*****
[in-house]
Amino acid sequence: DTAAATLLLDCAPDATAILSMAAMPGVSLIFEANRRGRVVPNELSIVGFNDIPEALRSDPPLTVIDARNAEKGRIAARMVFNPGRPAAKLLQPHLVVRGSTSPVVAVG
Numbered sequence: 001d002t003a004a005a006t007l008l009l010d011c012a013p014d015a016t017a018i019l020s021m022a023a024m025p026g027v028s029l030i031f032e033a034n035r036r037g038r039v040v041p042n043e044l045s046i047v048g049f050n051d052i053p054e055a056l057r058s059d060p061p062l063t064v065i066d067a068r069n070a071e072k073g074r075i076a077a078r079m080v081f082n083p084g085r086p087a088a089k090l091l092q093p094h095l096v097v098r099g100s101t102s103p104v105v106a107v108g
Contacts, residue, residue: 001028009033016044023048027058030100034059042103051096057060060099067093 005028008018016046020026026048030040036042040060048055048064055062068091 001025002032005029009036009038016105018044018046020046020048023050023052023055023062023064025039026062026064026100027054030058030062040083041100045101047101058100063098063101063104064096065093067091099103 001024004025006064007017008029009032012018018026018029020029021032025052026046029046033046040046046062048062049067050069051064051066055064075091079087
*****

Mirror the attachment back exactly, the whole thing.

[in-house]
Amino acid sequence: DTAAATLLLDCAPDATAILSMAAMPGVSLIFEANRRGRVVPNELSIVGFNDIPEALRSDPPLTVIDARNAEKGRIAARMVFNPGRPAAKLLQPHLVVRGSTSPVVAVG
Numbered sequence: 001d002t003a004a005a006t007l008l009l010d011c012a013p014d015a016t017a018i019l020s021m022a023a024m025p026g027v028s029l030i031f032e033a034n035r036r037g038r039v040v041p042n043e044l045s046i047v048g049f050n051d052i053p054e055a056l057r058s059d060p061p062l063t064v065i066d067a068r069n070a071e072k073g074r075i076a077a078r079m080v081f082n083p084g085r086p087a088a089k090l091l092q093p094h095l096v097v098r099g100s101t102s103p104v105v106a107v108g
Contacts, residue, residue: 001028009033016044023048027058030100034059042103051096057060060099067093 005028008018016046020026026048030040036042040060048055048064055062068091 001025002032005029009036009038016105018044018046020046020048023050023052023055023062023064025039026062026064026100027054030058030062040083041100045101047101058100063098063101063104064096065093067091099103 001024004025006064007017008029009032012018018026018029020029021032025052026046029046033046040046046062048062049067050069051064051066055064075091079087